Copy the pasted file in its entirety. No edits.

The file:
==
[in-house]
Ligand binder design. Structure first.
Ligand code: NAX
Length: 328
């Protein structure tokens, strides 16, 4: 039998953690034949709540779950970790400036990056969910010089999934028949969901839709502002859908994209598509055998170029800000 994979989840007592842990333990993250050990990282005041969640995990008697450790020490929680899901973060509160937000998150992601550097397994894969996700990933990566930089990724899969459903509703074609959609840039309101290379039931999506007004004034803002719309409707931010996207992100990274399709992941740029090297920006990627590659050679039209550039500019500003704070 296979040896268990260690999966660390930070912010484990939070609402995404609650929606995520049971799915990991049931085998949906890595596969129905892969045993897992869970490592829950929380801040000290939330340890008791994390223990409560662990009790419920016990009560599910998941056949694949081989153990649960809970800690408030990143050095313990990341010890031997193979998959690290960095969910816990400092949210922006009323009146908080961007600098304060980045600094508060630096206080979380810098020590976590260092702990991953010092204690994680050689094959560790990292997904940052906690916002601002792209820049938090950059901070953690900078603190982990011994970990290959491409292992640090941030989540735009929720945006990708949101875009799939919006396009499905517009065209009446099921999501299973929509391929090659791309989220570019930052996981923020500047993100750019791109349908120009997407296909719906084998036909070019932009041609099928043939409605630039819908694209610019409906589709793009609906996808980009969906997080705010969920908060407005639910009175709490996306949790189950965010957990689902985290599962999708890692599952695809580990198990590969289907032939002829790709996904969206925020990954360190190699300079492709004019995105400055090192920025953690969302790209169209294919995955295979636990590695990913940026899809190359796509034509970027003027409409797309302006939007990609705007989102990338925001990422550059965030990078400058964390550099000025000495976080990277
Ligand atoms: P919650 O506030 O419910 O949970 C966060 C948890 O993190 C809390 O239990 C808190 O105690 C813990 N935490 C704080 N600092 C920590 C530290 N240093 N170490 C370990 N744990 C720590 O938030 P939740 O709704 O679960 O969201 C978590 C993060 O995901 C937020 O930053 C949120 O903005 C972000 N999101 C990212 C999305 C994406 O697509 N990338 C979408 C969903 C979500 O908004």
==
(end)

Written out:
[in-house]
Ligand binder design. Structure first.
Ligand code: NAX
Length: 328
């Protein structure tokens, strides 16, 4: 039998953690034949709540779950970790400036990056969910010089999934028949969901839709502002859908994209598509055998170029800000 994979989840007592842990333990993250050990990282005041969640995990008697450790020490929680899901973060509160937000998150992601550097397994894969996700990933990566930089990724899969459903509703074609959609840039309101290379039931999506007004004034803002719309409707931010996207992100990274399709992941740029090297920006990627590659050679039209550039500019500003704070 296979040896268990260690999966660390930070912010484990939070609402995404609650929606995520049971799915990991049931085998949906890595596969129905892969045993897992869970490592829950929380801040000290939330340890008791994390223990409560662990009790419920016990009560599910998941056949694949081989153990649960809970800690408030990143050095313990990341010890031997193979998959690290960095969910816990400092949210922006009323009146908080961007600098304060980045600094508060630096206080979380810098020590976590260092702990991953010092204690994680050689094959560790990292997904940052906690916002601002792209820049938090950059901070953690900078603190982990011994970990290959491409292992640090941030989540735009929720945006990708949101875009799939919006396009499905517009065209009446099921999501299973929509391929090659791309989220570019930052996981923020500047993100750019791109349908120009997407296909719906084998036909070019932009041609099928043939409605630039819908694209610019409906589709793009609906996808980009969906997080705010969920908060407005639910009175709490996306949790189950965010957990689902985290599962999708890692599952695809580990198990590969289907032939002829790709996904969206925020990954360190190699300079492709004019995105400055090192920025953690969302790209169209294919995955295979636990590695990913940026899809190359796509034509970027003027409409797309302006939007990609705007989102990338925001990422550059965030990078400058964390550099000025000495976080990277
Ligand atoms: P919650 O506030 O419910 O949970 C966060 C948890 O993190 C809390 O239990 C808190 O105690 C813990 N935490 C704080 N600092 C920590 C530290 N240093 N170490 C370990 N744990 C720590 O938030 P939740 O709704 O679960 O969201 C978590 C993060 O995901 C937020 O930053 C949120 O903005 C972000 N999101 C990212 C999305 C994406 O697509 N990338 C979408 C969903 C979500 O908004």